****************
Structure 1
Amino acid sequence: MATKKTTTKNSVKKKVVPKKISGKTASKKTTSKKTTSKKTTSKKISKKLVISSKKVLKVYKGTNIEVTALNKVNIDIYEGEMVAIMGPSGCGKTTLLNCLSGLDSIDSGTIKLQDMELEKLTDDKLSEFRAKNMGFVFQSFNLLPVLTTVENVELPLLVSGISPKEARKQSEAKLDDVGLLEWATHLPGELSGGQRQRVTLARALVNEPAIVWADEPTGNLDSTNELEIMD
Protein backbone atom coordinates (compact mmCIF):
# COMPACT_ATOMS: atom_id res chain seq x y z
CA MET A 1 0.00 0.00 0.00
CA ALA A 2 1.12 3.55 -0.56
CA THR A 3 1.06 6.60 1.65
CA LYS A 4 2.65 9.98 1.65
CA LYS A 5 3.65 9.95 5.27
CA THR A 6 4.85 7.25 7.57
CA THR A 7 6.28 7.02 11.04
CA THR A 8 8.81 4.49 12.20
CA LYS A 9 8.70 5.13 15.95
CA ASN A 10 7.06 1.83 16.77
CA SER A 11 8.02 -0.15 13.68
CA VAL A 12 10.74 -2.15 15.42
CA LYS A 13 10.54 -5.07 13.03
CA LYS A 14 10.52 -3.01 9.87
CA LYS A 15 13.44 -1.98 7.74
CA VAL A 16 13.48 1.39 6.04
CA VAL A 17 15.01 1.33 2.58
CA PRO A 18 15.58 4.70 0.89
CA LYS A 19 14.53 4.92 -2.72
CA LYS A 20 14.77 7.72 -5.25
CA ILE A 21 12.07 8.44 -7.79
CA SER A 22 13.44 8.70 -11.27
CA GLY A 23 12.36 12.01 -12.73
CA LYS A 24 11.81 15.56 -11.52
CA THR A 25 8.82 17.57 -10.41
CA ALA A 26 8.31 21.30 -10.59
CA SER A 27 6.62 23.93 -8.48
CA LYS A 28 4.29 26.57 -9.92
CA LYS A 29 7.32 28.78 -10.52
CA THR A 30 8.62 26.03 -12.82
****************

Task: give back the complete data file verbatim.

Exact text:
Structure 1
Amino acid sequence: MATKKTTTKNSVKKKVVPKKISGKTASKKTTSKKTTSKKTTSKKISKKLVISSKKVLKVYKGTNIEVTALNKVNIDIYEGEMVAIMGPSGCGKTTLLNCLSGLDSIDSGTIKLQDMELEKLTDDKLSEFRAKNMGFVFQSFNLLPVLTTVENVELPLLVSGISPKEARKQSEAKLDDVGLLEWATHLPGELSGGQRQRVTLARALVNEPAIVWADEPTGNLDSTNELEIMD
Protein backbone atom coordinates (compact mmCIF):
# COMPACT_ATOMS: atom_id res chain seq x y z
CA MET A 1 0.00 0.00 0.00
CA ALA A 2 1.12 3.55 -0.56
CA THR A 3 1.06 6.60 1.65
CA LYS A 4 2.65 9.98 1.65
CA LYS A 5 3.65 9.95 5.27
CA THR A 6 4.85 7.25 7.57
CA THR A 7 6.28 7.02 11.04
CA THR A 8 8.81 4.49 12.20
CA LYS A 9 8.70 5.13 15.95
CA ASN A 10 7.06 1.83 16.77
CA SER A 11 8.02 -0.15 13.68
CA VAL A 12 10.74 -2.15 15.42
CA LYS A 13 10.54 -5.07 13.03
CA LYS A 14 10.52 -3.01 9.87
CA LYS A 15 13.44 -1.98 7.74
CA VAL A 16 13.48 1.39 6.04
CA VAL A 17 15.01 1.33 2.58
CA PRO A 18 15.58 4.70 0.89
CA LYS A 19 14.53 4.92 -2.72
CA LYS A 20 14.77 7.72 -5.25
CA ILE A 21 12.07 8.44 -7.79
CA SER A 22 13.44 8.70 -11.27
CA GLY A 23 12.36 12.01 -12.73
CA LYS A 24 11.81 15.56 -11.52
CA THR A 25 8.82 17.57 -10.41
CA ALA A 26 8.31 21.30 -10.59
CA SER A 27 6.62 23.93 -8.48
CA LYS A 28 4.29 26.57 -9.92
CA LYS A 29 7.32 28.78 -10.52
CA THR A 30 8.62 26.03 -12.82